UT alumni Andy Baxter and Kyle Jahnke first started playing music together when they were college roommates. What started off as a hobby soon became a full-time job in 2014 after the release of their third album, Struggle Pretty. And now, their band, Penny and Sparrow, will perform on the Austin City Limits Music Festival on Friday.
The transition from dorm-room serenaders to ACL newcomers took a number of years. It was not until Jahnke received a recording set from his family that the duo finished their first EP, Creature, in 2011. Two years later, friends and family encouraged them to produce a second album, Tenboom, using the fundraising tool Kickstarter to release their work.
As gigs increased, both Baxter and Jahnke took time off from their full-time jobs at the nonprofit organizations Young Life and Refugee Services of Texas.
“[Our music was] a labor of love that ended up making money on the side,” Baxter said.
Baxter said the two constantly read, watch movies and digest media and art, all of which inspire their lyrics. He described it as “curating a life” or sifting through experiences and memories, attempting to decide what to showcase in their lyrics. Baxter said, while their religious beliefs influence the lyrics, he does not classify their band as Christian.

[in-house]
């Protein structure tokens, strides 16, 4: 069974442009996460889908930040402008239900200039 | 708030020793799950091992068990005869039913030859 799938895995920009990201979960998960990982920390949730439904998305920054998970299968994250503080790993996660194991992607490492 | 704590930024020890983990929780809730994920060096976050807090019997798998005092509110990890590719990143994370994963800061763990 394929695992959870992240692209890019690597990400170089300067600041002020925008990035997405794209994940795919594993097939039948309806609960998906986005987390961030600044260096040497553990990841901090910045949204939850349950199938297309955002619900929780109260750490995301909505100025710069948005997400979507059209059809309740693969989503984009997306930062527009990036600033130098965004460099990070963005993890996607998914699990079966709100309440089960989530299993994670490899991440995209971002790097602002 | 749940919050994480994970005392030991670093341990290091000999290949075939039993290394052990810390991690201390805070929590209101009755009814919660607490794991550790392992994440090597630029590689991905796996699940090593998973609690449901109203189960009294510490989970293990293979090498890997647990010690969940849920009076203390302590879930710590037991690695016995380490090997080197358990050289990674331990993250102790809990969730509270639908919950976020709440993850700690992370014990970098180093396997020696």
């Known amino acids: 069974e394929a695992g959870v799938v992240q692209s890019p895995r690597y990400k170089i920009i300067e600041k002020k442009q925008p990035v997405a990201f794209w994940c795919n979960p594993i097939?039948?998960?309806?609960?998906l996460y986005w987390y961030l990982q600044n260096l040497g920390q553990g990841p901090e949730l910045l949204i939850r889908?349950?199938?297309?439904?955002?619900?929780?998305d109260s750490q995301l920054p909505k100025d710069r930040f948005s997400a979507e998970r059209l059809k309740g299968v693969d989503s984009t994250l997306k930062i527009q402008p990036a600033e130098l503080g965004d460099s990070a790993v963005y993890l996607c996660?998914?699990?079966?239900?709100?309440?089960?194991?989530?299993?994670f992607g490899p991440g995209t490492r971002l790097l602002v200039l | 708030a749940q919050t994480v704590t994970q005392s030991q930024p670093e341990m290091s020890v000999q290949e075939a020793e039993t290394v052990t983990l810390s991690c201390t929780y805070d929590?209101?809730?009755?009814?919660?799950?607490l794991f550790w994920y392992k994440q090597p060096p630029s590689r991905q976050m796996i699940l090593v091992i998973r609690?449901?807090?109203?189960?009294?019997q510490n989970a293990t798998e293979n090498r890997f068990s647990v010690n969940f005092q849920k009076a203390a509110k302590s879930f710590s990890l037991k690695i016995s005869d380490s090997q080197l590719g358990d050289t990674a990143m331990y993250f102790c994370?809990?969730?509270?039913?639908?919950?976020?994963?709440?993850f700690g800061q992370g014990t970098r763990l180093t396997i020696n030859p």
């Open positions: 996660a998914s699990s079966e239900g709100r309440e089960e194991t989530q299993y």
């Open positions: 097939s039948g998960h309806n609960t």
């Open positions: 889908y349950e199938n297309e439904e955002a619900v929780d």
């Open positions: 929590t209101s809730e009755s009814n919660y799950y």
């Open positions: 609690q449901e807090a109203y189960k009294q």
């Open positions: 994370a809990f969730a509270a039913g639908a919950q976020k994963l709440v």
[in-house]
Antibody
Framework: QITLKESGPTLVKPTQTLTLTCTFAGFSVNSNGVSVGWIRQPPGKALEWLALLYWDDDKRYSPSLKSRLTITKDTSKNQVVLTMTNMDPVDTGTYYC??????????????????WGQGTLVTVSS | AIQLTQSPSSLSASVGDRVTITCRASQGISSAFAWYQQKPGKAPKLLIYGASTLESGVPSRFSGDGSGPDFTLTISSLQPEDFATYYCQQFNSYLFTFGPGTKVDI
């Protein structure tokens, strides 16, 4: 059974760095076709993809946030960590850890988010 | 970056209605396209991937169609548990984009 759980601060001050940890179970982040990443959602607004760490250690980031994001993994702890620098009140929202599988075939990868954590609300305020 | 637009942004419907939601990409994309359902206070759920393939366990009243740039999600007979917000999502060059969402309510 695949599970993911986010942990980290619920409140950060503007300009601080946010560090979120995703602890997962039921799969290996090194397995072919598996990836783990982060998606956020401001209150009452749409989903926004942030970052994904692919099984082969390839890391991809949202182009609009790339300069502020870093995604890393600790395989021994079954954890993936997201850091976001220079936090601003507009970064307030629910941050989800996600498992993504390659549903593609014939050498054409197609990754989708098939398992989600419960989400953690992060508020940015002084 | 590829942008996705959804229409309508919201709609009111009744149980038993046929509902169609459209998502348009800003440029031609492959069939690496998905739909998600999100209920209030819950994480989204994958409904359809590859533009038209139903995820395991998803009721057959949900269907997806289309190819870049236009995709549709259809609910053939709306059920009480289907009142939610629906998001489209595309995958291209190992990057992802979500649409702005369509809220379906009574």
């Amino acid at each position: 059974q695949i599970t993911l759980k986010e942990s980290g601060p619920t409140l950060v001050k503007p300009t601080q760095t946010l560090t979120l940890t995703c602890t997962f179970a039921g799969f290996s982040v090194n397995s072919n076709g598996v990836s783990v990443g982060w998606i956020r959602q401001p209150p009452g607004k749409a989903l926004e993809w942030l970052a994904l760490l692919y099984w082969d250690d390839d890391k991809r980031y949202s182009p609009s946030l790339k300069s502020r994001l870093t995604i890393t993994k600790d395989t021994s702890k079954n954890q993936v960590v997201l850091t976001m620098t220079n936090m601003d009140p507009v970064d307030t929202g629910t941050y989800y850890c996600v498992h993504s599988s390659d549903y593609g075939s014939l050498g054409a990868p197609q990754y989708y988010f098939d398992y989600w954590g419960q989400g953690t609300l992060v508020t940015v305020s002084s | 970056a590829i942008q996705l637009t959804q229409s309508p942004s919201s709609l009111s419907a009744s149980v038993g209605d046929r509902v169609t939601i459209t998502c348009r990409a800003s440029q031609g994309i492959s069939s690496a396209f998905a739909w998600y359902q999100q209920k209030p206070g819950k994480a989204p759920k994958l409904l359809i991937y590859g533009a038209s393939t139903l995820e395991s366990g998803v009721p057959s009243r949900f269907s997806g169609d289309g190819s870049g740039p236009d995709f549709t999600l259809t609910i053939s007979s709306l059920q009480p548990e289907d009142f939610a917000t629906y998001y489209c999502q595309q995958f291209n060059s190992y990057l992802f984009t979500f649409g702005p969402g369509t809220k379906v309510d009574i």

Six months ago, the duo and their wives quit their jobs to tour more seriously and concentrate on music. Baxter said, in the age of free downloads and websites such as Spotify, human contact is the best way to build a fan base.
“There is zero substitute for touring,” Baxter said. “Nothing takes the place of getting up and singing your songs in front of people all over the country.”
The band is touring throughout the fall, making a brief stop in Austin for their ACL debut. Although they played at an ACL after-party last year, this will be Penny and Sparrow’s first time playing at the actual festival. The band has been preparing by writing new music and fine-tuning their old songs.
According to Baxter, the two would be thrilled if they were still playing music at the age of 60.
“[Even] if no one buys a single record, and at the end of the day I can look at my wife and my buddies and my kids someday and say, ‘Man, I’m really proud of what we made,’ then that’s worth it,” Baxter said.